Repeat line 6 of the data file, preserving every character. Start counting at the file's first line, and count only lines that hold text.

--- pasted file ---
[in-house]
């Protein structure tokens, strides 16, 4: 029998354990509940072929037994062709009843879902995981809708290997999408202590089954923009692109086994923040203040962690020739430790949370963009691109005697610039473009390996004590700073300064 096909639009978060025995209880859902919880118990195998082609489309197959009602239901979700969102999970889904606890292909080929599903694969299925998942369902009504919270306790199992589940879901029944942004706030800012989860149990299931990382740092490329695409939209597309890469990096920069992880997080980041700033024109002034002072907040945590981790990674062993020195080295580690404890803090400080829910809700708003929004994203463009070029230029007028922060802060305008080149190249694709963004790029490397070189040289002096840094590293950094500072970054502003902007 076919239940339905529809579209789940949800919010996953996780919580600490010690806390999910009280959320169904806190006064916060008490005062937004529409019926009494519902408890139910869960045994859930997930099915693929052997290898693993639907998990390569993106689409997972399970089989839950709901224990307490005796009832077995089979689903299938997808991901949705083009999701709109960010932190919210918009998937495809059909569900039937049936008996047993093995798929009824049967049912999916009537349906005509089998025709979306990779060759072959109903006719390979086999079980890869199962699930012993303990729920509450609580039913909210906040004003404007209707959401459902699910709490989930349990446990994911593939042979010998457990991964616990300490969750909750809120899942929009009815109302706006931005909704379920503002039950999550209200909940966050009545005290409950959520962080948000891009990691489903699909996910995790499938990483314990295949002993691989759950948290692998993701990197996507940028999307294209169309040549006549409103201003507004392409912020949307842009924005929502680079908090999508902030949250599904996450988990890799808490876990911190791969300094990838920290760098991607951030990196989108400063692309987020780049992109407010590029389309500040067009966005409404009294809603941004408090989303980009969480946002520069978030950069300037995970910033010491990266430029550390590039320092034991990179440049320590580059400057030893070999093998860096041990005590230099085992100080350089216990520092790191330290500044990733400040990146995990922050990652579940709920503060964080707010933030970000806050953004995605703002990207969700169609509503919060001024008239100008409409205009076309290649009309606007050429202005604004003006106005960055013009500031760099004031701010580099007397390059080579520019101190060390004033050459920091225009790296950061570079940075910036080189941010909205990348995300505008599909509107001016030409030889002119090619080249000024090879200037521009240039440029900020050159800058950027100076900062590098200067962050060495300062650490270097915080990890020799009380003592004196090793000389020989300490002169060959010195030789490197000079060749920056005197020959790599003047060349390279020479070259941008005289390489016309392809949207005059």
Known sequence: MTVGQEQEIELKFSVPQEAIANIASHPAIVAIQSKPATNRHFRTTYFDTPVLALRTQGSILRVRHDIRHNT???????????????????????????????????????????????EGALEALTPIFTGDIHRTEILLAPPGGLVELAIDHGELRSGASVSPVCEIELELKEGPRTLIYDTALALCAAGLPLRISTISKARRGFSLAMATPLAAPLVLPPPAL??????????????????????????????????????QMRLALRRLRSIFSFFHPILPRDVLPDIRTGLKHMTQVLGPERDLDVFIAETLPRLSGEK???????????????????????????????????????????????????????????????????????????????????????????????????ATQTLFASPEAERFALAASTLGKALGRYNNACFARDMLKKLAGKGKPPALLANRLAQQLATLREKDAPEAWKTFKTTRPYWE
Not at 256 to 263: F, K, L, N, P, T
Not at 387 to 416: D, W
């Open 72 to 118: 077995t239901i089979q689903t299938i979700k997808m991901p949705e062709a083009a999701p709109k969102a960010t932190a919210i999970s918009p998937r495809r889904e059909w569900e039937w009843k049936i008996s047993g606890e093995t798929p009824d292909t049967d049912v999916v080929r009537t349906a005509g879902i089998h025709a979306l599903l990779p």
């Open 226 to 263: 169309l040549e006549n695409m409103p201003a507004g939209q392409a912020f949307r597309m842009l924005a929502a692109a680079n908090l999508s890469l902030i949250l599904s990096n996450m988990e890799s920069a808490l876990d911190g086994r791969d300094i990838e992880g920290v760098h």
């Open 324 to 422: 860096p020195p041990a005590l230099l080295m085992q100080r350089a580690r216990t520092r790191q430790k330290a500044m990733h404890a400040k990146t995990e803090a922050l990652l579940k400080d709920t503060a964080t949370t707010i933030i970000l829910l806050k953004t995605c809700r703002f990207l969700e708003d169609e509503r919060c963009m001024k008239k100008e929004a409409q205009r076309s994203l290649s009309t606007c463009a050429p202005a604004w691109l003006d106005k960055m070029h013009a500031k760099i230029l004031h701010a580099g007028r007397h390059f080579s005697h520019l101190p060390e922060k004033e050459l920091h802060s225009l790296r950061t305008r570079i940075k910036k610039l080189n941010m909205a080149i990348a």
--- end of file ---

């Open 72 to 118: 077995t239901i089979q689903t299938i979700k997808m991901p949705e062709a083009a999701p709109k969102a960010t932190a919210i999970s918009p998937r495809r889904e059909w569900e039937w009843k049936i008996s047993g606890e093995t798929p009824d292909t049967d049912v999916v080929r009537t349906a005509g879902i089998h025709a979306l599903l990779p």